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Panasonic adds extra 3D controls to Blu-ray players

Designed to improve the image quality

Panasonic has given its 2011 range of Blu-ray players a much needed refresh and has added some clever features in for 3D playback, too.

The DMP-BDT310, DMP-BDT210, DMP-BDT110 and DMP-BDT111 players now all have 3D controls built-into them above and beyond what a 3D TV can deliver. According to Panasonic having control so close to the footage allows them to do some clever processing.

At the basic level, it’s possible to adjust the ‘distance’ of the 3D effect. In other words, move it into minus numbers and the image is pushed back into the screen; slide it into positive numbers and things start to jump out. The difference between the setting can mean the difference between a watchable film and rather sick feeling when things are sticking out too much.

Panasonic 3D distance

A feature that we’ve never seen before is the frame option you get by changing the Screen Type to Round. This puts a coloured border (Red, Blue and, in our opinion the best, Black) round the picture, which the image fades in to. This might sound a bit strange, but the rationale is that the frame of a TV gets in the way of 3D viewing; by adding the frame, it pushes the 3D into the middle of the screen where it’s less distracting. It worked quite well in the demonstrations and certainly made the 3D effect more natural.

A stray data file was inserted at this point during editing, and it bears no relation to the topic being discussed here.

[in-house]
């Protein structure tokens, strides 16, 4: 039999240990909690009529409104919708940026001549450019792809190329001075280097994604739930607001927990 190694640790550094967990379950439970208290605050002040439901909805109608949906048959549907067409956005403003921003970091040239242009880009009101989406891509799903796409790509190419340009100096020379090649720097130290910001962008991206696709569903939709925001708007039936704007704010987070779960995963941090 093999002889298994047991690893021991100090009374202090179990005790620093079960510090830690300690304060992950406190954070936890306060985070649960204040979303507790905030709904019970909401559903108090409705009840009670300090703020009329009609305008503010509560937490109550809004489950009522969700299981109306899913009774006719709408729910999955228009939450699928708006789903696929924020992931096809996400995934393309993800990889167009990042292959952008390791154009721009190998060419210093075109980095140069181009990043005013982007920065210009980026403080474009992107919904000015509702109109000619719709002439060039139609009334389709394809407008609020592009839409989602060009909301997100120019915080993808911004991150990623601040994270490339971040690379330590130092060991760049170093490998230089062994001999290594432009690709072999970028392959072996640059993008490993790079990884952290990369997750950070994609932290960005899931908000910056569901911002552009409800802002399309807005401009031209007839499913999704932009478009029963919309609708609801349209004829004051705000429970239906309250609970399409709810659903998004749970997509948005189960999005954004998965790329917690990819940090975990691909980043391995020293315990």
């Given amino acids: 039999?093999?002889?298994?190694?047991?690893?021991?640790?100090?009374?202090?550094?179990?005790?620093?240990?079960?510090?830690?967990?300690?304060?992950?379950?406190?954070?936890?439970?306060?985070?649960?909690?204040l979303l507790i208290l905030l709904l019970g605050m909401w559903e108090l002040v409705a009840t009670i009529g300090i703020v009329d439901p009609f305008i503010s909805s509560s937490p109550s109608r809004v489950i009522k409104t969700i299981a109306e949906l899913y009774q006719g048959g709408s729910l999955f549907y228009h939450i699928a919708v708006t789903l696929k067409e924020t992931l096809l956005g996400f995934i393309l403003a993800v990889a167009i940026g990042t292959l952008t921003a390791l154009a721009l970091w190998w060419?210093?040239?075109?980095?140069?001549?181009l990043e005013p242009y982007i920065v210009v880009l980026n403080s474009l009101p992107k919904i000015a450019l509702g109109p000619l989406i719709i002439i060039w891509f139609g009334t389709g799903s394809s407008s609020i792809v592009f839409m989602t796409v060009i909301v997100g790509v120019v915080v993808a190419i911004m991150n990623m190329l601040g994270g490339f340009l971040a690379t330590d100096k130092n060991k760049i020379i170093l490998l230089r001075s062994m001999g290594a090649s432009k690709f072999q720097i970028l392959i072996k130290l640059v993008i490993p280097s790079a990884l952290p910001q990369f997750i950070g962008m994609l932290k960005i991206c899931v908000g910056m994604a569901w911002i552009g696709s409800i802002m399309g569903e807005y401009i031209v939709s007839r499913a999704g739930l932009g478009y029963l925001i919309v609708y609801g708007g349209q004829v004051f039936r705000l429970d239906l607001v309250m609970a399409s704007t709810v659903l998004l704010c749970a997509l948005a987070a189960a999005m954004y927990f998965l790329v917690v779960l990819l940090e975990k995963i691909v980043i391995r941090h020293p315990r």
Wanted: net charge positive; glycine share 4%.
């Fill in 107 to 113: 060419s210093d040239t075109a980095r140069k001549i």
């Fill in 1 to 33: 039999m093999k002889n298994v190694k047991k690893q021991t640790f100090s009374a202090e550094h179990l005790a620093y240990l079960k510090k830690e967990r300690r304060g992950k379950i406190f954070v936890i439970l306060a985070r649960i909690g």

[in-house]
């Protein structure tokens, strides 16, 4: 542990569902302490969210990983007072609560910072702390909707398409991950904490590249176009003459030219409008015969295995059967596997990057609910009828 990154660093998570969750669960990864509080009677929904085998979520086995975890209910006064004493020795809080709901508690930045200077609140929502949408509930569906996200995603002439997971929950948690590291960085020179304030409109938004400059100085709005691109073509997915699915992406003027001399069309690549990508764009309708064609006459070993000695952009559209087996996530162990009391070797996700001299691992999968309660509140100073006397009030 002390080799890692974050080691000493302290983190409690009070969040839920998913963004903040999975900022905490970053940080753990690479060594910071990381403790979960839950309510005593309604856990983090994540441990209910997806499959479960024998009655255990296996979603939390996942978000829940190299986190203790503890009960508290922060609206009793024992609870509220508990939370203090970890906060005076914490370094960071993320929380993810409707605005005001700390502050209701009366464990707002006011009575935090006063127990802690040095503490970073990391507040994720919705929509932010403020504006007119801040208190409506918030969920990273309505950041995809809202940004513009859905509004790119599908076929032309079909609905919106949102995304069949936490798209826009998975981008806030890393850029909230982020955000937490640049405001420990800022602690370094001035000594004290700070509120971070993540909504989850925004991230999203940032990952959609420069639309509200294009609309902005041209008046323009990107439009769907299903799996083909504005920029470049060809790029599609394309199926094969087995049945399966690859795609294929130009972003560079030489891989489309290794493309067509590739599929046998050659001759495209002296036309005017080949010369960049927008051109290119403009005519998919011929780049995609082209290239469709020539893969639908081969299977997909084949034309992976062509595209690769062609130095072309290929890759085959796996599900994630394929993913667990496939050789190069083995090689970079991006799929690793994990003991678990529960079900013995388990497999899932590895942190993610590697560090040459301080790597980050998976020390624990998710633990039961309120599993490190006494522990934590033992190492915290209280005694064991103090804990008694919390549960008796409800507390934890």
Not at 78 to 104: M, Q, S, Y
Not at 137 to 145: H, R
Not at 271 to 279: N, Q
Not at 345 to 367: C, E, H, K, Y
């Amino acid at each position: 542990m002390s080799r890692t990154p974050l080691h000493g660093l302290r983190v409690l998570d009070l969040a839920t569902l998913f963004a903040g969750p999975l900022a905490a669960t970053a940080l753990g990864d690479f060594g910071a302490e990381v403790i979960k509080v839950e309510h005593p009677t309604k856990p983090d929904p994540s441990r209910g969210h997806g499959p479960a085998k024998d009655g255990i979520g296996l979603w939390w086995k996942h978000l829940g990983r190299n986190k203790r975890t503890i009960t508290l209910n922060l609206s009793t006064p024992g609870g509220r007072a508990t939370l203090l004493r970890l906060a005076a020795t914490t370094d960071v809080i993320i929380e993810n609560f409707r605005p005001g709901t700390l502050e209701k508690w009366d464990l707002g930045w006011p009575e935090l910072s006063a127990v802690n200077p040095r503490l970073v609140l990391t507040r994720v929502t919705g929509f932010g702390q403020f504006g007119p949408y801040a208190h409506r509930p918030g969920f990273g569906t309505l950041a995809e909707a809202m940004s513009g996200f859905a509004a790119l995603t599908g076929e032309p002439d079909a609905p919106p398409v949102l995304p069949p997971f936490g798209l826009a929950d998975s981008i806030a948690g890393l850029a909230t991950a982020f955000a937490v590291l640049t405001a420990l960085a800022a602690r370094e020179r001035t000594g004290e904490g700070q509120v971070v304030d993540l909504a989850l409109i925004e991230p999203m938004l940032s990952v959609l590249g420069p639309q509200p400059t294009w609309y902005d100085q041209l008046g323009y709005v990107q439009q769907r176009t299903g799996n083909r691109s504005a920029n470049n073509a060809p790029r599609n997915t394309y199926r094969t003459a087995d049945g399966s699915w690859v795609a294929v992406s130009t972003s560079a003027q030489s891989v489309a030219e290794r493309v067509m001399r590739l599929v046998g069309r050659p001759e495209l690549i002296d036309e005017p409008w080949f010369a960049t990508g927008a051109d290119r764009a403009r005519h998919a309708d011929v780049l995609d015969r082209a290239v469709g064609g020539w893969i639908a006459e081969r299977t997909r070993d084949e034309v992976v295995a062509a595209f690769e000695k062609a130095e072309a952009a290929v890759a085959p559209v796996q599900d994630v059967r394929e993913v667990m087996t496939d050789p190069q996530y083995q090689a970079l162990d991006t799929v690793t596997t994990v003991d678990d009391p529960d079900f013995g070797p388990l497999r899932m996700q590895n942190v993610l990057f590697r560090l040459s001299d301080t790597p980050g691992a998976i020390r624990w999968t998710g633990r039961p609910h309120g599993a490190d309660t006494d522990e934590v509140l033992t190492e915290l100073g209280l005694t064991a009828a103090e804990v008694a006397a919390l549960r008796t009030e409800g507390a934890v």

Panasonic 3D frame

The players can now convert 2D footage to 3D, although we’re not that convinced by the quality. In our view it appeared to create two layers: the black bars of a widescreen film at the front and the image somewhat behind. Still, if you absolutely must watch everything with glasses in, this is for you.

The interface has been overhauled so that it’s quicker to access. A nice touch is the ability to set a background wallpaper for the interface. As with the new televisions, the Blu-ray players can be controlled via an iPod or iPad application.

Panasonic Blu-ray wallpaper

Finally, we saw the first 3D Blu-ray recorders. The DMR-BWT800 and BWT700 have all of the features of the Blu-ray players above, but also have twin Freeview HD tuners in them so that they can record TV. Given the lack of 3D content on Freeview, the players can save 3D files from a camcorder directly to disc.

All of the products should be available in the next few months, although pricing wasn’t available.

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